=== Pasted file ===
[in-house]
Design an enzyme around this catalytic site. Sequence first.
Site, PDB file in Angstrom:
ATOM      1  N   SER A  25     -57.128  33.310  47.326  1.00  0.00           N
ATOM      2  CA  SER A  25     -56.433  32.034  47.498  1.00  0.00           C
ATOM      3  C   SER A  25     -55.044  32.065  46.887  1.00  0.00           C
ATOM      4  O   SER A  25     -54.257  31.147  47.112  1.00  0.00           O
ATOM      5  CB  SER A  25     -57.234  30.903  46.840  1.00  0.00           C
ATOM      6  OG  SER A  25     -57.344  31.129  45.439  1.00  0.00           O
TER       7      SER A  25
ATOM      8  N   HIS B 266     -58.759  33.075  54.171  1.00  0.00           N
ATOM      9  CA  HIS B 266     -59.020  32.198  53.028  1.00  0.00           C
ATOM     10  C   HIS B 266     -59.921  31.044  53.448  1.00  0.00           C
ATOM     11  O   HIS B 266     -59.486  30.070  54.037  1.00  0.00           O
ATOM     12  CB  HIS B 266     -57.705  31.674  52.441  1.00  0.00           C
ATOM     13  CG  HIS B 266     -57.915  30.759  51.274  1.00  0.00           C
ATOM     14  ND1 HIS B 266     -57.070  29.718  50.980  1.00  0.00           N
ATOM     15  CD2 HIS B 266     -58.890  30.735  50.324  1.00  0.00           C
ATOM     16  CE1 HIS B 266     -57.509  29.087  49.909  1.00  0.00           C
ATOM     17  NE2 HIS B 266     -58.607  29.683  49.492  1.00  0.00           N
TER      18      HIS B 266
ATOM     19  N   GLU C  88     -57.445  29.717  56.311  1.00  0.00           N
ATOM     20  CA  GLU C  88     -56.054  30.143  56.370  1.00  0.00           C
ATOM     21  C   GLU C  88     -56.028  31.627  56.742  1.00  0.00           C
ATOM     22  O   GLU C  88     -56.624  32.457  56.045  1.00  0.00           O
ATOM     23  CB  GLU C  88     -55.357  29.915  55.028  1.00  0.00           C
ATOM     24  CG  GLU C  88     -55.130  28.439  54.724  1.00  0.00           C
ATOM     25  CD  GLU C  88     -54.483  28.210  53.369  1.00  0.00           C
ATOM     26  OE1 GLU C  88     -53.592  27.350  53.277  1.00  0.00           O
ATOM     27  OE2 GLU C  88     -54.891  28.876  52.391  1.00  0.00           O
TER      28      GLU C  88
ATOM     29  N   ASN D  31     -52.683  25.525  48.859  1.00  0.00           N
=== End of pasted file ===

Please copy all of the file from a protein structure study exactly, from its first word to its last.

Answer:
[in-house]
Design an enzyme around this catalytic site. Sequence first.
Site, PDB file in Angstrom:
ATOM      1  N   SER A  25     -57.128  33.310  47.326  1.00  0.00           N
ATOM      2  CA  SER A  25     -56.433  32.034  47.498  1.00  0.00           C
ATOM      3  C   SER A  25     -55.044  32.065  46.887  1.00  0.00           C
ATOM      4  O   SER A  25     -54.257  31.147  47.112  1.00  0.00           O
ATOM      5  CB  SER A  25     -57.234  30.903  46.840  1.00  0.00           C
ATOM      6  OG  SER A  25     -57.344  31.129  45.439  1.00  0.00           O
TER       7      SER A  25
ATOM      8  N   HIS B 266     -58.759  33.075  54.171  1.00  0.00           N
ATOM      9  CA  HIS B 266     -59.020  32.198  53.028  1.00  0.00           C
ATOM     10  C   HIS B 266     -59.921  31.044  53.448  1.00  0.00           C
ATOM     11  O   HIS B 266     -59.486  30.070  54.037  1.00  0.00           O
ATOM     12  CB  HIS B 266     -57.705  31.674  52.441  1.00  0.00           C
ATOM     13  CG  HIS B 266     -57.915  30.759  51.274  1.00  0.00           C
ATOM     14  ND1 HIS B 266     -57.070  29.718  50.980  1.00  0.00           N
ATOM     15  CD2 HIS B 266     -58.890  30.735  50.324  1.00  0.00           C
ATOM     16  CE1 HIS B 266     -57.509  29.087  49.909  1.00  0.00           C
ATOM     17  NE2 HIS B 266     -58.607  29.683  49.492  1.00  0.00           N
TER      18      HIS B 266
ATOM     19  N   GLU C  88     -57.445  29.717  56.311  1.00  0.00           N
ATOM     20  CA  GLU C  88     -56.054  30.143  56.370  1.00  0.00           C
ATOM     21  C   GLU C  88     -56.028  31.627  56.742  1.00  0.00           C
ATOM     22  O   GLU C  88     -56.624  32.457  56.045  1.00  0.00           O
ATOM     23  CB  GLU C  88     -55.357  29.915  55.028  1.00  0.00           C
ATOM     24  CG  GLU C  88     -55.130  28.439  54.724  1.00  0.00           C
ATOM     25  CD  GLU C  88     -54.483  28.210  53.369  1.00  0.00           C
ATOM     26  OE1 GLU C  88     -53.592  27.350  53.277  1.00  0.00           O
ATOM     27  OE2 GLU C  88     -54.891  28.876  52.391  1.00  0.00           O
TER      28      GLU C  88
ATOM     29  N   ASN D  31     -52.683  25.525  48.859  1.00  0.00           N